DNA Sequence Analysis

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1 DNA Sequence Analysis Two general kinds of analysis Screen for one of a set of known sequences Determine the sequence even if it is novel Screening for a known sequence usually involves an oligonucleotide probe. Species-specific PCR primers. Fluorescent probes for real-time PCR. Fixed probes for binding PCR product to a membrane (e.g. a dot blot system) or a microarray chip. 1

2 Medical scientist now routinely use this sort of approach to screen for known genotypes (e.g., an allele associated with a disease). The more high-tech methods they have developed are starting to diffuse into forensic science Microarrays Silicon microchips can be constructed with a huge array (thousands) of attached probes. Hybridization can be enhanced (template molecules clamped on or kicked off) electronically. Detection is usually optical, e.g., fluorescentlylabeled PCR product. 2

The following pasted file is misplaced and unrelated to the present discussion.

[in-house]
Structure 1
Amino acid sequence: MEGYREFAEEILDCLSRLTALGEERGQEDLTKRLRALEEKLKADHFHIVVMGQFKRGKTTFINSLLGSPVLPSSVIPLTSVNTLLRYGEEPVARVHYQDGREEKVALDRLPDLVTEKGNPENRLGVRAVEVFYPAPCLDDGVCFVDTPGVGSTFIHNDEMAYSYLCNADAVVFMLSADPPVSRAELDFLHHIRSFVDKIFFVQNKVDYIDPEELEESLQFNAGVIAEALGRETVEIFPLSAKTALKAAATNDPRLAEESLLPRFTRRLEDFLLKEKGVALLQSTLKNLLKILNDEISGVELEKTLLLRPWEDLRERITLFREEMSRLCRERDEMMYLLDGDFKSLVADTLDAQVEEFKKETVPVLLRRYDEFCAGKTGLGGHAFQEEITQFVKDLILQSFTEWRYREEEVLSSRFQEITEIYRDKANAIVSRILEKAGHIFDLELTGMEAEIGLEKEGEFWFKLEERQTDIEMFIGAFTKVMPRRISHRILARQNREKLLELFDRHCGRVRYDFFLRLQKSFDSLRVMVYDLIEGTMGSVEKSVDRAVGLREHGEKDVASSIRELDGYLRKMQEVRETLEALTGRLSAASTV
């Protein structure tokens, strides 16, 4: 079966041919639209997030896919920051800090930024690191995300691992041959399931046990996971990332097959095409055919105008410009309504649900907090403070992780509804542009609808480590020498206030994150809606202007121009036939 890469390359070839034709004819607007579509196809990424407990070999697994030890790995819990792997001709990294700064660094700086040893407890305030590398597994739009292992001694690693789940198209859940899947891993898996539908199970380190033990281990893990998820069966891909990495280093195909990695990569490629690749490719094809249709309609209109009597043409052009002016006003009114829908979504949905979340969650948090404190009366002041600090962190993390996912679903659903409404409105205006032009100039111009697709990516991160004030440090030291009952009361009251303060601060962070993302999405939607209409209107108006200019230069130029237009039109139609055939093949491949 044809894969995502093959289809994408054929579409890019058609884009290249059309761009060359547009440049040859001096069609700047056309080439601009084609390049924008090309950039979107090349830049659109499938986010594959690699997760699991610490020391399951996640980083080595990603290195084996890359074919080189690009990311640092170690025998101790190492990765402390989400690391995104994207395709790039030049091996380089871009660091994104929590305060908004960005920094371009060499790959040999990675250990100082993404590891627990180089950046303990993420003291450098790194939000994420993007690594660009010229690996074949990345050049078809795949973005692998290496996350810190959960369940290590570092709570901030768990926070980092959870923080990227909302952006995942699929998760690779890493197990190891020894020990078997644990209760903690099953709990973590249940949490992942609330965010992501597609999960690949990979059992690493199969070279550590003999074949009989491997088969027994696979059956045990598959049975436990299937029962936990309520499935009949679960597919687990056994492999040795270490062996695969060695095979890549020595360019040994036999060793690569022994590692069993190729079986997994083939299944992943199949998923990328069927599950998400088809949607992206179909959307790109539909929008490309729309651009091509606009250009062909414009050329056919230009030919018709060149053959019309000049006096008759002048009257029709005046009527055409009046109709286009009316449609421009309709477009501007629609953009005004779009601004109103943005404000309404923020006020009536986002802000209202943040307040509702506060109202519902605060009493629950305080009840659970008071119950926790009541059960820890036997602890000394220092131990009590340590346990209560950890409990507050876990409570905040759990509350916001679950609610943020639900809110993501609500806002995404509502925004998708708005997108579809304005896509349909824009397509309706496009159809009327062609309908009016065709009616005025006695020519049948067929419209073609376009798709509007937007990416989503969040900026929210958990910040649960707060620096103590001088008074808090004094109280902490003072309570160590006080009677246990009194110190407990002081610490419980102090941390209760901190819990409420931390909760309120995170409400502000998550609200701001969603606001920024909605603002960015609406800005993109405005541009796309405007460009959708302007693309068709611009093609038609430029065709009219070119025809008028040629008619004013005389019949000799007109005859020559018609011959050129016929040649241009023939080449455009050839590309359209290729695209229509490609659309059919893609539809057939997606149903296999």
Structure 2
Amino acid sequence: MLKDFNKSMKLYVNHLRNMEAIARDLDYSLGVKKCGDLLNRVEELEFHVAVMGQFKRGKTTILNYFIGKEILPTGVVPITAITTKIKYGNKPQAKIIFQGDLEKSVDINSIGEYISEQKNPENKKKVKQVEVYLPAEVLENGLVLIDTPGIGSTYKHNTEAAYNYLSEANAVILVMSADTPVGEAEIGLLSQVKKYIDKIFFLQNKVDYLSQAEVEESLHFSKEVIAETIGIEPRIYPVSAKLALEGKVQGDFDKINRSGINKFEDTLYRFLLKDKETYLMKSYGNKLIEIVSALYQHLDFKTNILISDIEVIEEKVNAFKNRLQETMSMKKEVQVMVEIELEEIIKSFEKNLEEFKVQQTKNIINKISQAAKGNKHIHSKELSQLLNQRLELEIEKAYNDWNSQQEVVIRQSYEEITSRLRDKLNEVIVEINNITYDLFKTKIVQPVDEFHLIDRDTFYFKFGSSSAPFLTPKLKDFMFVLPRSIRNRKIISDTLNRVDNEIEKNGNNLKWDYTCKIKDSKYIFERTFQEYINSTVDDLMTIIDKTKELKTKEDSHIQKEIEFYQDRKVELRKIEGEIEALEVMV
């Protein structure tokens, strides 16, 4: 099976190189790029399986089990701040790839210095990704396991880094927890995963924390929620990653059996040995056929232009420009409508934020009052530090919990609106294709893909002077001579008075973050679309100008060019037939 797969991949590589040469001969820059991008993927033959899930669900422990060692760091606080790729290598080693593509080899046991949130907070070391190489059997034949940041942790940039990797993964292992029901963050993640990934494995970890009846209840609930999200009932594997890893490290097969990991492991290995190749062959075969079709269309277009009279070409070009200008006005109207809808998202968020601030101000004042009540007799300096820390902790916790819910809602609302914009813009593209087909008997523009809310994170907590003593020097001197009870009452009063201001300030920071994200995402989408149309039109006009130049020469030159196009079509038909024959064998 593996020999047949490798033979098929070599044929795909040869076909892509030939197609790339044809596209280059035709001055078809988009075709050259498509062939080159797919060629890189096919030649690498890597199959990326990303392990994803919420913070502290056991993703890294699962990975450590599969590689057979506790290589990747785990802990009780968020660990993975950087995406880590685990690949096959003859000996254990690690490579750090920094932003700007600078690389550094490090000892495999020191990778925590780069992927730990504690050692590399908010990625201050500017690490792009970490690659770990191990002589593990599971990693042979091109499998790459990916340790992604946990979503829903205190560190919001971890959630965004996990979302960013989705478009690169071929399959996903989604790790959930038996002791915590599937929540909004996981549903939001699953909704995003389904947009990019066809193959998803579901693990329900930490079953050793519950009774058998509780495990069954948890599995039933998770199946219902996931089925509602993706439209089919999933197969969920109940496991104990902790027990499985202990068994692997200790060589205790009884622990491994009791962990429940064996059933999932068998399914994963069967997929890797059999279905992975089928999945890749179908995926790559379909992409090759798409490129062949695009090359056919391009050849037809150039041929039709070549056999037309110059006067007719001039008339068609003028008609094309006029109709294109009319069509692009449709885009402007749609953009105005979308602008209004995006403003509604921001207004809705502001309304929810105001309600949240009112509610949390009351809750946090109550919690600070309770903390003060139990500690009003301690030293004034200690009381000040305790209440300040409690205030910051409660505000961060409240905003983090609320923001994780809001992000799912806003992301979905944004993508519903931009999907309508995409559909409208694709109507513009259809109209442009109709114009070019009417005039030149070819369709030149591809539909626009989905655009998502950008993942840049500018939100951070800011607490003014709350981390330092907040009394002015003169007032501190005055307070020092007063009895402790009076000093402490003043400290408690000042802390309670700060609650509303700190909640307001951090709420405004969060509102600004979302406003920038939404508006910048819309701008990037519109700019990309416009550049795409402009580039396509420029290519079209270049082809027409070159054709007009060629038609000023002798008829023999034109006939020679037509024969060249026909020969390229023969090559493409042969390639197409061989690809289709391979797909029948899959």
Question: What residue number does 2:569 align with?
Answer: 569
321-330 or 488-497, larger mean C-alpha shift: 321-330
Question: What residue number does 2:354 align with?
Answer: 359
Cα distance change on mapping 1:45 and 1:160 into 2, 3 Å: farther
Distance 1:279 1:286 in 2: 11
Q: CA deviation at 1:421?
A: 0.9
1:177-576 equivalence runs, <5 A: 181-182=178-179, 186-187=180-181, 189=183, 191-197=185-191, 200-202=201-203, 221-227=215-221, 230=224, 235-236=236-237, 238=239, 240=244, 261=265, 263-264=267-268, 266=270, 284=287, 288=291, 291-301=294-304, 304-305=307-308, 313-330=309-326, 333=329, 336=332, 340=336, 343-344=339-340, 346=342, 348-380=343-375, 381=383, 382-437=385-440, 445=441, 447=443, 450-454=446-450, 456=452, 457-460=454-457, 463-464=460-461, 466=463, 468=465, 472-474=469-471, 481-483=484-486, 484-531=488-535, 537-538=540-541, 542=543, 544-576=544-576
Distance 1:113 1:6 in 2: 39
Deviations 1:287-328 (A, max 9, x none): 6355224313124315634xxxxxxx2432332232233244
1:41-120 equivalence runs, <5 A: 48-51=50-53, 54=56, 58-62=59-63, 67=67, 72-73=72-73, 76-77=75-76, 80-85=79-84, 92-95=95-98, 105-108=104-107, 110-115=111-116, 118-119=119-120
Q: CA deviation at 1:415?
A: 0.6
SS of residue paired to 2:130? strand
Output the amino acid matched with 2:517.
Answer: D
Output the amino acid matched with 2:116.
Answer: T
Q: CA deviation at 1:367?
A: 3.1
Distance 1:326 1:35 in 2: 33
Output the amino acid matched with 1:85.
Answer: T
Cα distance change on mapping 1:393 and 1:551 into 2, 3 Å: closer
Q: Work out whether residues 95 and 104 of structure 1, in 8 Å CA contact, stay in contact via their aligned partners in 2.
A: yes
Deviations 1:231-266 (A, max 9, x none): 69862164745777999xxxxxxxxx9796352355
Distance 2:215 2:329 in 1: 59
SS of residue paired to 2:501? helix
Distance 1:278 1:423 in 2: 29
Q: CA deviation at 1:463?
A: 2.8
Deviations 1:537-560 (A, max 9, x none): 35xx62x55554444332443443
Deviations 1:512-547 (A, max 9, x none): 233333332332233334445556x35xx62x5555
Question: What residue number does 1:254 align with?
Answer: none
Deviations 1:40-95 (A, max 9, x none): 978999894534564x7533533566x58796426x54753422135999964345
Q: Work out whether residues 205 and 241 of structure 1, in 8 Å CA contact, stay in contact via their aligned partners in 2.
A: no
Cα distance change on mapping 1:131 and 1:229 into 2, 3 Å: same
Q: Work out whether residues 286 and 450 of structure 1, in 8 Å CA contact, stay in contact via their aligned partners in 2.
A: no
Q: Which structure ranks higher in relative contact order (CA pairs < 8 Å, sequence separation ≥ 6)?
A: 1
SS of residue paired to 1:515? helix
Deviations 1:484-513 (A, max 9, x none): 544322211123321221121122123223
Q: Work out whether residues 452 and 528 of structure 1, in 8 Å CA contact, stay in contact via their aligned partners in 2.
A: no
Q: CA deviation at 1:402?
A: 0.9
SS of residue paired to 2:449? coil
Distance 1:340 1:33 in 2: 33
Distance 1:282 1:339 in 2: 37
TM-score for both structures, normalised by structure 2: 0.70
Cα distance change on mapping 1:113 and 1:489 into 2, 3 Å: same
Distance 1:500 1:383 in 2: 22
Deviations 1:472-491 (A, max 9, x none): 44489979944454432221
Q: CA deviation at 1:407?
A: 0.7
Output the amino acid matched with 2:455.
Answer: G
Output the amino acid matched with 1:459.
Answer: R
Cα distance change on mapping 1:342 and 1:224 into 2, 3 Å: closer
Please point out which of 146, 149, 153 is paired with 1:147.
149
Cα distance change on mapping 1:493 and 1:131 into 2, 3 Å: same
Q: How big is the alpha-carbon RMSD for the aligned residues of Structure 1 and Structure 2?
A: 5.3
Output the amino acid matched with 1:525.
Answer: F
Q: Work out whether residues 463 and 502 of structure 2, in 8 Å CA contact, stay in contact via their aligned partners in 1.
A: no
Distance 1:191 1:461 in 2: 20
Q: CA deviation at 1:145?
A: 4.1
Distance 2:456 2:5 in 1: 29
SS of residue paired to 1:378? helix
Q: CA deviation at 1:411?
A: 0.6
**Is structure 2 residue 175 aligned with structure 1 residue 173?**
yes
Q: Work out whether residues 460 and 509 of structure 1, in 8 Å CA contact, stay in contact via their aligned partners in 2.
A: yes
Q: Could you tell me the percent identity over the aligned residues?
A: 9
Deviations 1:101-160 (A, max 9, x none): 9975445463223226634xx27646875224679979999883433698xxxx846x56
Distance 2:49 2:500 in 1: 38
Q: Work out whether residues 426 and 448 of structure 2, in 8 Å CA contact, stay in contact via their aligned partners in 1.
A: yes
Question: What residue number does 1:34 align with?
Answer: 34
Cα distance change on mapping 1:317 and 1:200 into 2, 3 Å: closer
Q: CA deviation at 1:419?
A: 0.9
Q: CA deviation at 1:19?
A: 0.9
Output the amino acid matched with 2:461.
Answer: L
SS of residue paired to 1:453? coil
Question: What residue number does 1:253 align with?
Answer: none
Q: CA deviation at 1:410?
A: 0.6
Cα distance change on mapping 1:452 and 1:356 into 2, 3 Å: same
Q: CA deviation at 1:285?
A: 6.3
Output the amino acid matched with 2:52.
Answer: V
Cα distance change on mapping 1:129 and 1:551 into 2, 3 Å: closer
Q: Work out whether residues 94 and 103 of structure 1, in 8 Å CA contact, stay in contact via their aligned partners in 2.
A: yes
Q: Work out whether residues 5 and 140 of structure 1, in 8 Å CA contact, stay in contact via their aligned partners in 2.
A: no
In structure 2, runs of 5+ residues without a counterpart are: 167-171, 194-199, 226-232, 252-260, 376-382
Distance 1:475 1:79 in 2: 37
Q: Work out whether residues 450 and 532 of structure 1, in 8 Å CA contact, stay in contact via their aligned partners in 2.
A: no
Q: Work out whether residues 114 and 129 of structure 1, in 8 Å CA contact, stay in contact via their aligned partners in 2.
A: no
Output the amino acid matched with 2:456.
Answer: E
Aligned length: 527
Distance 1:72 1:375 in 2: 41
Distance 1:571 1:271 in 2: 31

3 The microarray has become a standard tool of medical and other biological research. A common use is to study gene expression using reverse transcriptase PCR product. Another screening approach: link to real-time measurement of PCR amplification. [Recall DNA extract quantitation by real time PCR. Also note potential confusion with acronym RT- PCR.] 3

4 These are methods for detecting a polymorphism within an amplicon. The signal that hybridization has occurred is a function of the amount of PCR product that has been produced. This is measured while the reaction cycles are taking place (real time) or when the program is complete. An exonuclease probe relies on the 5 nuclease activity of Taq. The signal of the attached fluorophore cannot be detected in close proximity to the quencher. They are separated when Taq chews up the probe. EXAMPLE: Various TaqMan products sold by Applied Biosystems A molecular beacon acts in a similar manner, however the probe is not destroyed 4

5 The oligonucleotide probe is designed to have a higher annealing temperature than the primers. Experimental conditions are such that the probe binds only if it is a perfect match. The amount of fluorescence is a function of the amount of PCR product that has been produced. The fluorescent agent can be one of the probe types just described. This makes it possible to do a multiplex reaction. A simpler alternative is to use a specific primer assay, i.e. the primer annealing site covers the polymorphic base position, and the primer will only bind if the allele of interest is present. For this one could use a general purpose dye such as SYBR green that only fluoresces when bound to dsdna. 5